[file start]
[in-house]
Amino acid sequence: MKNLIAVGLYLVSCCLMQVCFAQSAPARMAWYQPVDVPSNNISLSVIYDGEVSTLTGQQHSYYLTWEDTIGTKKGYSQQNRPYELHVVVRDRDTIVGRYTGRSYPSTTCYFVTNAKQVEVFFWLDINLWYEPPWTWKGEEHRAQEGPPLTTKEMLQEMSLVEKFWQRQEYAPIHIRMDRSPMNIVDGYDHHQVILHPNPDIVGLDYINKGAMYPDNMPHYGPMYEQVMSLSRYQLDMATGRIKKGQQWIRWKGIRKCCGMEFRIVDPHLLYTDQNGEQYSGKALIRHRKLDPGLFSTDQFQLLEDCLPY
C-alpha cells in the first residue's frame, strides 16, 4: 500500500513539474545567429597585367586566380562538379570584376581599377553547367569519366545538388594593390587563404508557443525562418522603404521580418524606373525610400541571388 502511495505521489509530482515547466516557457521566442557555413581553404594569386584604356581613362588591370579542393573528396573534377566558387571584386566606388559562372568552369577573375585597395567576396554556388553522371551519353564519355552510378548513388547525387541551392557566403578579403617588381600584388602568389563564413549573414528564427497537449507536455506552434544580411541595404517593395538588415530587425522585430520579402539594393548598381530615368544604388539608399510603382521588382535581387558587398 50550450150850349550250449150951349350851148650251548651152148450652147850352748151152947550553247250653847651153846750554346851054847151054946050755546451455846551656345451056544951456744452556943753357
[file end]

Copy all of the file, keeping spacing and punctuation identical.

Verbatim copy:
[in-house]
Amino acid sequence: MKNLIAVGLYLVSCCLMQVCFAQSAPARMAWYQPVDVPSNNISLSVIYDGEVSTLTGQQHSYYLTWEDTIGTKKGYSQQNRPYELHVVVRDRDTIVGRYTGRSYPSTTCYFVTNAKQVEVFFWLDINLWYEPPWTWKGEEHRAQEGPPLTTKEMLQEMSLVEKFWQRQEYAPIHIRMDRSPMNIVDGYDHHQVILHPNPDIVGLDYINKGAMYPDNMPHYGPMYEQVMSLSRYQLDMATGRIKKGQQWIRWKGIRKCCGMEFRIVDPHLLYTDQNGEQYSGKALIRHRKLDPGLFSTDQFQLLEDCLPY
C-alpha cells in the first residue's frame, strides 16, 4: 500500500513539474545567429597585367586566380562538379570584376581599377553547367569519366545538388594593390587563404508557443525562418522603404521580418524606373525610400541571388 502511495505521489509530482515547466516557457521566442557555413581553404594569386584604356581613362588591370579542393573528396573534377566558387571584386566606388559562372568552369577573375585597395567576396554556388553522371551519353564519355552510378548513388547525387541551392557566403578579403617588381600584388602568389563564413549573414528564427497537449507536455506552434544580411541595404517593395538588415530587425522585430520579402539594393548598381530615368544604388539608399510603382521588382535581387558587398 50550450150850349550250449150951349350851148650251548651152148450652147850352748151152947550553247250653847651153846750554346851054847151054946050755546451455846551656345451056544951456744452556943753357